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The stock market was actually up for much of the day today. While that statement is pretty pathetic, it’s worth noting that the tech-heavy Nasdaq was going strong up until market close (see update below), with many of the big name tech stocks making gains. Because of that, it’s also worth noting one stock that saw no such luck today: Yahoo.

While its counterparts, Google, Microsoft, Apple, eBay and Time Warner (which is trying to merge its AOL brand with Yahoo, more on that below), all were in the black, Yahoo once again saw its stock drop around 3 percent. Now hovering around $14-a-share, you can forget a 52-week low — the stock is at a 5-year low.

Update: The market crashed once again as the day ended wiping out many of the tech stocks’ gains, but also taking Yahoo even lower, down over 5.62 percent to $13.76-a-share.

Even sadder, the stock got as low as $13.20-a-share in early trading today before rebounding slightly. That number is interesting because on October 9, 1998 — 10 years ago tomorrow — its stock closed at $13.20.

Of course 1998 was a grand year for Yahoo’s stock. By the end of that year it was in the $40-a-share range. That led into 1999 where it soared past $100-a-share. We all remember what happened after that.

The reason for the fall today probably isn’t the lackluster reception that its new online calendar has received (after being about 10 years late to the market), it probably has more to do with analysts once again downgrading the stock. There is a lot of worry that Yahoo will be hit hard by a decline in the online advertising market.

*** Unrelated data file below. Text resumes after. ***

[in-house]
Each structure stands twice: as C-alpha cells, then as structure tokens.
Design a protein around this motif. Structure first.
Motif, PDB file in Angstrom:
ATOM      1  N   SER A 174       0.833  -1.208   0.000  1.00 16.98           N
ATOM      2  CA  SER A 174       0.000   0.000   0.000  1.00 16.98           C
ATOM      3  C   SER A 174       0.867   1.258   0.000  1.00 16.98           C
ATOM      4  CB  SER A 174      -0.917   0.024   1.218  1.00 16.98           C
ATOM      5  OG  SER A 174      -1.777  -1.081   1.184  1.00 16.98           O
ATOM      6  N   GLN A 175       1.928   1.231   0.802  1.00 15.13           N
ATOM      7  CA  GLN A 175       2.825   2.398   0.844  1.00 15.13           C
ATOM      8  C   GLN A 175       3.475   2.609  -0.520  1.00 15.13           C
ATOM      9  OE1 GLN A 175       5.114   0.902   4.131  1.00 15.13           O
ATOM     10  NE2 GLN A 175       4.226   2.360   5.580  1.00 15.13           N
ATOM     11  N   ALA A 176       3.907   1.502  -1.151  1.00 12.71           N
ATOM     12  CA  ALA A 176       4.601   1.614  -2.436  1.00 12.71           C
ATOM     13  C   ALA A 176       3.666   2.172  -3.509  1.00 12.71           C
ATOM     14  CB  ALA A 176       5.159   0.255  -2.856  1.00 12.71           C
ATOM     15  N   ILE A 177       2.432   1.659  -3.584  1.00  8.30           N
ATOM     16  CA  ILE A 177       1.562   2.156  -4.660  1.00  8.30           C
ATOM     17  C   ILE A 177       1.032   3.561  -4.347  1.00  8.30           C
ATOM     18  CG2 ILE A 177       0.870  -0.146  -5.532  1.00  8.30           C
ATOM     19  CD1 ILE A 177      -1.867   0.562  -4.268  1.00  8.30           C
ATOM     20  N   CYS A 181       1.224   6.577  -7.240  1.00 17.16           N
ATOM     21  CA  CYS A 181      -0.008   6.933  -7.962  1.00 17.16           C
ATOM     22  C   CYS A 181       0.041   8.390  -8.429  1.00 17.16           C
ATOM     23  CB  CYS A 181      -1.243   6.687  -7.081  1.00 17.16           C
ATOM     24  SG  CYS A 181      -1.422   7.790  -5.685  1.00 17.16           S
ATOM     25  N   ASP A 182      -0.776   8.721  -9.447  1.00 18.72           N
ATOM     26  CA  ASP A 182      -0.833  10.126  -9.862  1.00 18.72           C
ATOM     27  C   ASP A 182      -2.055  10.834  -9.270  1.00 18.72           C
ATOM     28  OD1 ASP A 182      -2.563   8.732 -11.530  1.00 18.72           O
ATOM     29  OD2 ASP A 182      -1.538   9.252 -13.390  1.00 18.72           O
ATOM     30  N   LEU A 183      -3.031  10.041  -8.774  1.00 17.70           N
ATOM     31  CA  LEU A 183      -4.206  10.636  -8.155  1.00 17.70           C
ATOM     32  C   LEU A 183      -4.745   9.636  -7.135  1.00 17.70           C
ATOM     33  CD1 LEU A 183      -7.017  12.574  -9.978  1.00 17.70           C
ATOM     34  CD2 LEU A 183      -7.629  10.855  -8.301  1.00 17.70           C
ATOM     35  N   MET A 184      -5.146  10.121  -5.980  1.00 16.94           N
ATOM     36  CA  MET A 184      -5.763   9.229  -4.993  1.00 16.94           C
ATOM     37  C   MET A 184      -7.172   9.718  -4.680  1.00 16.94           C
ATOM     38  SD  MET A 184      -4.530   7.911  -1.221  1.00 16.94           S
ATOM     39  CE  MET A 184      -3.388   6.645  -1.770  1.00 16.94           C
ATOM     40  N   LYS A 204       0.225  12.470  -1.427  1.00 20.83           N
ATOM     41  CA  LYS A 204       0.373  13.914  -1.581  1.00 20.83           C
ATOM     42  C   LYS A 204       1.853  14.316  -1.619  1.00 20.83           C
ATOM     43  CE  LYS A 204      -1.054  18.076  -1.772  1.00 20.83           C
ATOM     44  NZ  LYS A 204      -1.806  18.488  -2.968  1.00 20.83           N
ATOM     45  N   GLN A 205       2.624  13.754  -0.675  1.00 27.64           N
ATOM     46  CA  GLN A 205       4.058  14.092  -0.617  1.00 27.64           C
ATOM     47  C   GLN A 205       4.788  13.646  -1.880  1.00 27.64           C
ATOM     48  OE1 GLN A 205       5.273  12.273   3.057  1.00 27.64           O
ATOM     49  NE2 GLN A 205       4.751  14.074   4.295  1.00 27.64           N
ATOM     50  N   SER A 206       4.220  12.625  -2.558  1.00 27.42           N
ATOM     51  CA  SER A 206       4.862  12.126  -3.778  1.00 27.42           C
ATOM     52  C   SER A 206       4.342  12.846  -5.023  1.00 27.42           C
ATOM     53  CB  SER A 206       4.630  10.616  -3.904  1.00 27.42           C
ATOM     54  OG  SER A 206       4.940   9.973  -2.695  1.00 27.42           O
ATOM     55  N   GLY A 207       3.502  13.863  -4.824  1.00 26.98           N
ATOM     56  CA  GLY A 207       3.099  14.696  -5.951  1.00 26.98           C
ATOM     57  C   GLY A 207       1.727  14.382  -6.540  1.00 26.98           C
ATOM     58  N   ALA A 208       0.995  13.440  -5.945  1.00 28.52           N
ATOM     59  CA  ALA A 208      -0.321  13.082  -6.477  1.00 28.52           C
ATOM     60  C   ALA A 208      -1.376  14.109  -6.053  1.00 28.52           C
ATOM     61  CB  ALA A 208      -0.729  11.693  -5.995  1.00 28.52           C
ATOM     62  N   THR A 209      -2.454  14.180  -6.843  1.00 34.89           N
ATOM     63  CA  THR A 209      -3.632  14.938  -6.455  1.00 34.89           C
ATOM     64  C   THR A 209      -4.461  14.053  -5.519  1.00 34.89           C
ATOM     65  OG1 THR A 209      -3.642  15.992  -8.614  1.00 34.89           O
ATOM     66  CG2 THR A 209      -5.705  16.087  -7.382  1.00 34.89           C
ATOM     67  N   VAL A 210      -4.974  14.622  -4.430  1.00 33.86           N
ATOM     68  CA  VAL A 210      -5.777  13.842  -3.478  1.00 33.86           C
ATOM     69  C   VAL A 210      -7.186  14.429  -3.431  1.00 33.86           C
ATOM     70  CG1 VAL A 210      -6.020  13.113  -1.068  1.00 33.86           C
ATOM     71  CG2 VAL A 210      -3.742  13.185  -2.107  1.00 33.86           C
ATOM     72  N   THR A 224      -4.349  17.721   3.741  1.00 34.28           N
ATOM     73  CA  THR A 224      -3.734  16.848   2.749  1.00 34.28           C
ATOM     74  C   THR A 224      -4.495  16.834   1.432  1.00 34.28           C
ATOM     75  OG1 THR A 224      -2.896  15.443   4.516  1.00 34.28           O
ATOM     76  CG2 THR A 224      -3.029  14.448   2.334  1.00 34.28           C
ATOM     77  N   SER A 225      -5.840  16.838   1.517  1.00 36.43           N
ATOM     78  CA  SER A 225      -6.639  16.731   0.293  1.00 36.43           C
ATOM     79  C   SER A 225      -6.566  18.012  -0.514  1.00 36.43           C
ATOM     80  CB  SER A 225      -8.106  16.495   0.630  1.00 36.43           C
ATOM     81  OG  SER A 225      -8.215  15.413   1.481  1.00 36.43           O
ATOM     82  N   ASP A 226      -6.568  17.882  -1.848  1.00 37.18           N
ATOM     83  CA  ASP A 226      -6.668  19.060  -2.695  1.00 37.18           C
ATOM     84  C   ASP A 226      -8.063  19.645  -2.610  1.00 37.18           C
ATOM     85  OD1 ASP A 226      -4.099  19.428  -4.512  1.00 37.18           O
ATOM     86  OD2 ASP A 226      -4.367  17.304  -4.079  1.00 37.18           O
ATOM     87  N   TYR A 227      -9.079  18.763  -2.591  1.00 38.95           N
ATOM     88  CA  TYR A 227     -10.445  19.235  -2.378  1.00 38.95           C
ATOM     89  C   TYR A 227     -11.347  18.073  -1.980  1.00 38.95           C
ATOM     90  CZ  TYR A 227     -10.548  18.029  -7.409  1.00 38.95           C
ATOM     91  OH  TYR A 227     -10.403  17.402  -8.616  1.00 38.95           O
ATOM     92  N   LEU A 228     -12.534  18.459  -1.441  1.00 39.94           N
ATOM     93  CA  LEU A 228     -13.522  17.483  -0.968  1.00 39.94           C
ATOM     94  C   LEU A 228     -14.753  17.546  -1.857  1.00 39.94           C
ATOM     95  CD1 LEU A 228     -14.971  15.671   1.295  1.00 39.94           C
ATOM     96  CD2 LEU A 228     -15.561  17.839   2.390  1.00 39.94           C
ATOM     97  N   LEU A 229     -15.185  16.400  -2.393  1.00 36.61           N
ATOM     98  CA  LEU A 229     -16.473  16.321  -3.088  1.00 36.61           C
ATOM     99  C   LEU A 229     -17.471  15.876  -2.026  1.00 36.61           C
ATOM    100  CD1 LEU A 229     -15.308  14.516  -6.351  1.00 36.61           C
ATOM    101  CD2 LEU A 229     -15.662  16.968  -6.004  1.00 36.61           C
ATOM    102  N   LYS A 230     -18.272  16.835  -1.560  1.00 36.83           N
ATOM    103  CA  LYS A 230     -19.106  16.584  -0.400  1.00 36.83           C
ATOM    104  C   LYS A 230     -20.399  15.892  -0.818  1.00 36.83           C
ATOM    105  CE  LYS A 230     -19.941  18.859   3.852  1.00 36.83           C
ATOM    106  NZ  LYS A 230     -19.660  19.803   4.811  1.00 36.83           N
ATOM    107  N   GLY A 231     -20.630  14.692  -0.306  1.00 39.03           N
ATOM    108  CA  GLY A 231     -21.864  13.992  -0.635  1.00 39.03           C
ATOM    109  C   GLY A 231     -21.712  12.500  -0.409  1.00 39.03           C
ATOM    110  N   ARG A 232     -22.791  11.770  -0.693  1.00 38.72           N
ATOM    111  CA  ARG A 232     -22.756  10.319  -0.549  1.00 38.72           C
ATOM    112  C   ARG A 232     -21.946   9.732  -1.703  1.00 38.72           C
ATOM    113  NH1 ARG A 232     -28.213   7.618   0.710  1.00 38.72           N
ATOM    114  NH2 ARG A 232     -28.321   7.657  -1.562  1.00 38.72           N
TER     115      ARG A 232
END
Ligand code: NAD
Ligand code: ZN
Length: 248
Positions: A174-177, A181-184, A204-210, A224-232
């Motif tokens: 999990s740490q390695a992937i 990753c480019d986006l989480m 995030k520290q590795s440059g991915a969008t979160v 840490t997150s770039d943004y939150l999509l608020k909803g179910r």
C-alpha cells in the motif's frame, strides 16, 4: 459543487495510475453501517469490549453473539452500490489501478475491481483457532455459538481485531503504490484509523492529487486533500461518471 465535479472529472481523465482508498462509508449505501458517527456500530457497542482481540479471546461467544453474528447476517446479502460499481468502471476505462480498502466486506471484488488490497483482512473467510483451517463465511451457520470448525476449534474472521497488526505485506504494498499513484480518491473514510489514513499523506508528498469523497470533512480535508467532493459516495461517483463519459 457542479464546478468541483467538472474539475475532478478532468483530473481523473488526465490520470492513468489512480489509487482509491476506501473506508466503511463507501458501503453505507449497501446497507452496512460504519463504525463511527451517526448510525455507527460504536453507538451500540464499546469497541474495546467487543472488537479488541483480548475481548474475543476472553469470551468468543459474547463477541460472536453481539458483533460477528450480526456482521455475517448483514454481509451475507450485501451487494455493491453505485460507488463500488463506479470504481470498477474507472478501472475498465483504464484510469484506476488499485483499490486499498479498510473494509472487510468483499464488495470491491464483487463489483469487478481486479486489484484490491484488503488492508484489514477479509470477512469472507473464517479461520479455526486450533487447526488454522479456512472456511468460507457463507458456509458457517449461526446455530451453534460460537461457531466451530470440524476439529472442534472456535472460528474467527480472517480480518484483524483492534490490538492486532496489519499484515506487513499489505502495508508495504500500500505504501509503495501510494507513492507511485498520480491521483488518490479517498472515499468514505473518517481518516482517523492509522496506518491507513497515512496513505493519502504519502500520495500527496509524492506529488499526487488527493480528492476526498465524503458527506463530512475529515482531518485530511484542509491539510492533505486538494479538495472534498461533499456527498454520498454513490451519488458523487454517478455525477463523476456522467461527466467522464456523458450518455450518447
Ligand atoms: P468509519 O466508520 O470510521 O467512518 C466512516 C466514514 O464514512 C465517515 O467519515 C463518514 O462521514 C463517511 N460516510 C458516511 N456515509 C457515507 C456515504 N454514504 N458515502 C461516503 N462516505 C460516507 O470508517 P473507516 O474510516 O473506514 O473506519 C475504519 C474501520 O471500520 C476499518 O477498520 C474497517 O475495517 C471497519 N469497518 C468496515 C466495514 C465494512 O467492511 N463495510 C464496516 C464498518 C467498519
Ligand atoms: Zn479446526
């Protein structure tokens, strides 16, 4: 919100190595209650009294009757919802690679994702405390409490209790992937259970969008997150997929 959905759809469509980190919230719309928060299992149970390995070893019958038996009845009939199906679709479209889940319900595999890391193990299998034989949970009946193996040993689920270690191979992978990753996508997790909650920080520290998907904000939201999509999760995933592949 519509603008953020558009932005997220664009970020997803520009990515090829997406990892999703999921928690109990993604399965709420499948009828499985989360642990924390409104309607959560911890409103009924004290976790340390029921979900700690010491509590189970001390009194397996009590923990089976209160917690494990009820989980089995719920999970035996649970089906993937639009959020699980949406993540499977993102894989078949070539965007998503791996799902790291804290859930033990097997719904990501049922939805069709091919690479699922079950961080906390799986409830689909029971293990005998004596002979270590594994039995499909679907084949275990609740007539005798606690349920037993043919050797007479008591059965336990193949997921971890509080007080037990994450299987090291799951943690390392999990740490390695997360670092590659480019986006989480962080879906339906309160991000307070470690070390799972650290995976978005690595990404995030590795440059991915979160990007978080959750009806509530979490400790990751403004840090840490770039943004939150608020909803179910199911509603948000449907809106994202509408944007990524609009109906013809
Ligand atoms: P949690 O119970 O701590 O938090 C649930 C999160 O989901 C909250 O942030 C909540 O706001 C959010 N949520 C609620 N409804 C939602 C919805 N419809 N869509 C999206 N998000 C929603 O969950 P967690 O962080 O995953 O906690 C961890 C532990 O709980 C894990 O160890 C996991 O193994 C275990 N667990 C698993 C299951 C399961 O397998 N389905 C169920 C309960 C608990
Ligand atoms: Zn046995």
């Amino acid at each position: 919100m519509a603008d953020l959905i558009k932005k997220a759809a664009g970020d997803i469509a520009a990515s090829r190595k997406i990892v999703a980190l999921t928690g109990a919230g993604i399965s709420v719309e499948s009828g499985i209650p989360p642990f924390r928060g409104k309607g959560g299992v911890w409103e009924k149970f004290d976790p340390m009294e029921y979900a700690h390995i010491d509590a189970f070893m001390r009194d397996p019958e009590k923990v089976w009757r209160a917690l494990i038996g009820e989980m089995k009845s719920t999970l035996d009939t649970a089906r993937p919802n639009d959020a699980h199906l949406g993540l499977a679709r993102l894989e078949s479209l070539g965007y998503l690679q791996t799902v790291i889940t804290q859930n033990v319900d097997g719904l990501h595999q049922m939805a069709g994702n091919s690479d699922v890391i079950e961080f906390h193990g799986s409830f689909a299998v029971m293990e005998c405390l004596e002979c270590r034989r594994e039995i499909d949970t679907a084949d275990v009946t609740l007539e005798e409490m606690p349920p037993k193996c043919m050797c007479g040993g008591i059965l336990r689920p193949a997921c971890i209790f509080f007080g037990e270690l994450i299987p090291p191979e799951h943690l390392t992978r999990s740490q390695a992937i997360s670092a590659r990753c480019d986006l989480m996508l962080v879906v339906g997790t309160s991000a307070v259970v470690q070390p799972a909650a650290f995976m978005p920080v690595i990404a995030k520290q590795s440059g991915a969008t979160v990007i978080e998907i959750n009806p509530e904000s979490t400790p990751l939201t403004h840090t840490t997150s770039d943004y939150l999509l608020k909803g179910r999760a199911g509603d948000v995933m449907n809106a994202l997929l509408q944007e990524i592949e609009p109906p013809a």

Not surprisingly, analysts are also now suggesting that the time is right for software giant Microsoft to step in and make another bid to buy Yahoo. After all, Microsoft’s original $44.6 billion — $31-a-share — offer made earlier this year must look like the deal of the century to Yahoo now. Yahoo’s stock was around $19-a-share at the time of that offer, but immediately shot up getting as high as $34.08 a share before its current meltdown.

But AllThingsD’s Kara Swisher remains adamant that Microsoft will not swoop back in with an offer to buy Yahoo. Her sources tell her that Microsoft is happy to sit back and watch Yahoo try to coordinate its other deals. This includes Yahoo’s search advertising deal with Google, which switches from on again to off again as the U.S. government looks into it. And, more importantly, Yahoo’s talks with Timer Warner to merge with AOL.

Microsoft would be happy for that merger to happen, not to buy both of them, but rather to swoop in to buy the new Yahoo/AOL search business, Swisher hears from execs within Microsoft.

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